• Jason

      says:

      How about ‘que sera sera’?

      Yes, could possibly go into Liquidation to enable starting afresh, from the ground up.

      But scrap its’ original name. Waste of $15M annually paying Branson for it.

  • AgentGerko

    says:

    Love to know how an independent trust with independent directors approved a $150 million loan to an airline that was clearly losing money at the time. Doesn’t sound too independent to me. As for Indigo partners, my concern is that they buy/operate ultra low cost carriers and I wouldn’t like to see VA turned into a Tigerair 2.

  • Marum

    says:

    @ROD P. I have little knowledge of how to run a large airline. The engineering/deign/maintenance is my Forte.

    I have however noted, that most businessmen are only thinly disguised crooks. (This comes from a lifetime of dealing with them) Most of them will never pay a bill that they can get out of paying. I nowadays make my living as an investor, and this has only reinforced that view.
    Virgin Airline has been a financial black-hole for years. There is no gain in just rescuing it – as you noted. It needs a complete change fro the ground up. NOT JUST A REVAMP. As you also noted regarding change, I will put in engineering terms: —– 0 x infinity = 0. (where infinity = the amount of cash/subsidies poured in)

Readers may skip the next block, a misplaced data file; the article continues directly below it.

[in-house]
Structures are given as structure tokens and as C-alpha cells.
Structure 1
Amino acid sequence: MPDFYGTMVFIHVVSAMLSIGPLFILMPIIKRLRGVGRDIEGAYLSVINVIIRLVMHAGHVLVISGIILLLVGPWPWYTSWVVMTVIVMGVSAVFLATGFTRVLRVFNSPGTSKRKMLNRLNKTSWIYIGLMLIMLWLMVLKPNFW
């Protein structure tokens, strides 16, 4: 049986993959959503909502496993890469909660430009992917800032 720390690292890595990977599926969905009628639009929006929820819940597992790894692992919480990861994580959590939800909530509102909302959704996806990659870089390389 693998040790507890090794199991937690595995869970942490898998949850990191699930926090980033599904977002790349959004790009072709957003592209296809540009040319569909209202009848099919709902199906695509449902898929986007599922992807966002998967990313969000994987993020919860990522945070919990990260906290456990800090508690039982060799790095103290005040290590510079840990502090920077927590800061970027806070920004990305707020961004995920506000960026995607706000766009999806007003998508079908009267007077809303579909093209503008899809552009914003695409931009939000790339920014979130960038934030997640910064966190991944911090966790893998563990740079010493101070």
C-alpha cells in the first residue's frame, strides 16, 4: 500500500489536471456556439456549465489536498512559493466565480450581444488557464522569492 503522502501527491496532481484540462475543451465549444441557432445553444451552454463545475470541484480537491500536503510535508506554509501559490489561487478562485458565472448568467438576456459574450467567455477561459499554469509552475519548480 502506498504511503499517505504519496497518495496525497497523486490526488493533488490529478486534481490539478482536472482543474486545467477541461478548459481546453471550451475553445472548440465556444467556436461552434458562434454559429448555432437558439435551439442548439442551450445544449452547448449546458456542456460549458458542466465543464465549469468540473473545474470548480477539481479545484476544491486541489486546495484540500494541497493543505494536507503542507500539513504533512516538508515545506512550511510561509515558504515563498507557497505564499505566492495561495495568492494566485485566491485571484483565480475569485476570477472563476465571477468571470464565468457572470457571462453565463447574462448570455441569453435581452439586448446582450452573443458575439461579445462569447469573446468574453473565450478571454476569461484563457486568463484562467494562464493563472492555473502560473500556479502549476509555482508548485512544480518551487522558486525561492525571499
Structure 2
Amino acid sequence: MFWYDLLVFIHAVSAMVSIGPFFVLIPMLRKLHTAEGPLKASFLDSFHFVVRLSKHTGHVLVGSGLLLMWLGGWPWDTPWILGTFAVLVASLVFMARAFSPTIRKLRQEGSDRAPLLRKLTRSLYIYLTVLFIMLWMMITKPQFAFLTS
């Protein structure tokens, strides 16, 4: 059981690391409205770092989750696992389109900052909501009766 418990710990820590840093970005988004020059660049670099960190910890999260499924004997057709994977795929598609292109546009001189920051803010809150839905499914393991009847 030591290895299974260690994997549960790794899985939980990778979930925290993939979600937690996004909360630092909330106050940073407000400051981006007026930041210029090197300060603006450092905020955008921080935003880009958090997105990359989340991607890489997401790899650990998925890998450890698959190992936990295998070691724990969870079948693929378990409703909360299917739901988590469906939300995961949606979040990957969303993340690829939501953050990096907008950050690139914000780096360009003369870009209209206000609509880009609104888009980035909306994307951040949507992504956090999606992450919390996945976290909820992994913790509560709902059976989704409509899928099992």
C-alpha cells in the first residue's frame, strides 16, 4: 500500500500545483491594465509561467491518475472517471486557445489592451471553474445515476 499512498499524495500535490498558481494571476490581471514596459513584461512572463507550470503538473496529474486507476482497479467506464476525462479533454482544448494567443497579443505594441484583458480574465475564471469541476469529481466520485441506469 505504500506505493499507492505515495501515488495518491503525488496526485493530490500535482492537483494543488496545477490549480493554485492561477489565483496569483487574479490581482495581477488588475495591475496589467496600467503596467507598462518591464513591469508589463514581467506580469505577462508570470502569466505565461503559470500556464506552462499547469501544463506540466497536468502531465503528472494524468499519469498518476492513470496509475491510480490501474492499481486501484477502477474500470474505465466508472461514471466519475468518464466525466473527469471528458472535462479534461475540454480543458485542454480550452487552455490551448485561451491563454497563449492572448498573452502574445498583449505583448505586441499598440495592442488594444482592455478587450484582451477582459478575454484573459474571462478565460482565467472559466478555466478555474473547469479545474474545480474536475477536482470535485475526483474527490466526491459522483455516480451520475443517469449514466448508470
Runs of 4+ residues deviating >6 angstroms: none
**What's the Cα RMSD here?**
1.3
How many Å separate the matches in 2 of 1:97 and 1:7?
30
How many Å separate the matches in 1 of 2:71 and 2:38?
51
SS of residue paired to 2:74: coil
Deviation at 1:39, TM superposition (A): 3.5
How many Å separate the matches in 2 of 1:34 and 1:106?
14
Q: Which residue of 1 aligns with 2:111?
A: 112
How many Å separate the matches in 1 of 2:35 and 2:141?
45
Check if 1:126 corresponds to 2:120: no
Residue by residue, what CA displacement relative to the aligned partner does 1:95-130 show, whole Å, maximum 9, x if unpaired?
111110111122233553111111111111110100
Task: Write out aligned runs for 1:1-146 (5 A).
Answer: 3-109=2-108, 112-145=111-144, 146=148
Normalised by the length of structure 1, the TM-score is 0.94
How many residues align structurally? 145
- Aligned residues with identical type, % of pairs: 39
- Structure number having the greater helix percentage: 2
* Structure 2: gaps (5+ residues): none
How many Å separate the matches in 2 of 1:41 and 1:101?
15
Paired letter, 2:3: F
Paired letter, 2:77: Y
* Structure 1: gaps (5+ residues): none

We are sure living in “interesting” times.

    Regards….Marum.

    PS. I hope my HTML instructions for italics and bold respectively, work on this site.

  • Andrew M

    says:

    Indigo Partners in full ownership is likely (not necessarily) to mean:
    1. Conversion back to an LCC. Actually closer to the ULCC end of the airline model spectrum;
    2. Conversation of fleet to Airbus. Indigo Partners has a large order of the A320/1 family (600+ aircraft).

    Interesting times.

  • Rod Pickin

    says:

    Hi Marum, great to read your comments! frankly I can’t wait to see the end result of this saga; to me the main point of interest will be, who will have control of the enterprise and does the incumbent/s have the required skills. Frankly I am not in favour of Private Equity groups involved in such an industry which is truly quite sophisticated in its operation and let’s face it, quite political too, the business really needs more than heaps of cash. Much as I admire the acumen of “Twiggy”, I find his apparent fascination with China well, maybe not the required flavour at this time. Westfarmers, WES, yep very successful, profitable, top management but aviation? I would be very interested at this time to hear from a couple of well respected industry folk as to their thoughts and vision if any for VOZ’s rebirth; – Sir Ron Eddington and
    Brett Godfrey. Like everything else in our lives at the moment, it will take ages to recover and in the case of VOZ, it will not be the same, different but not the same

    • John Butler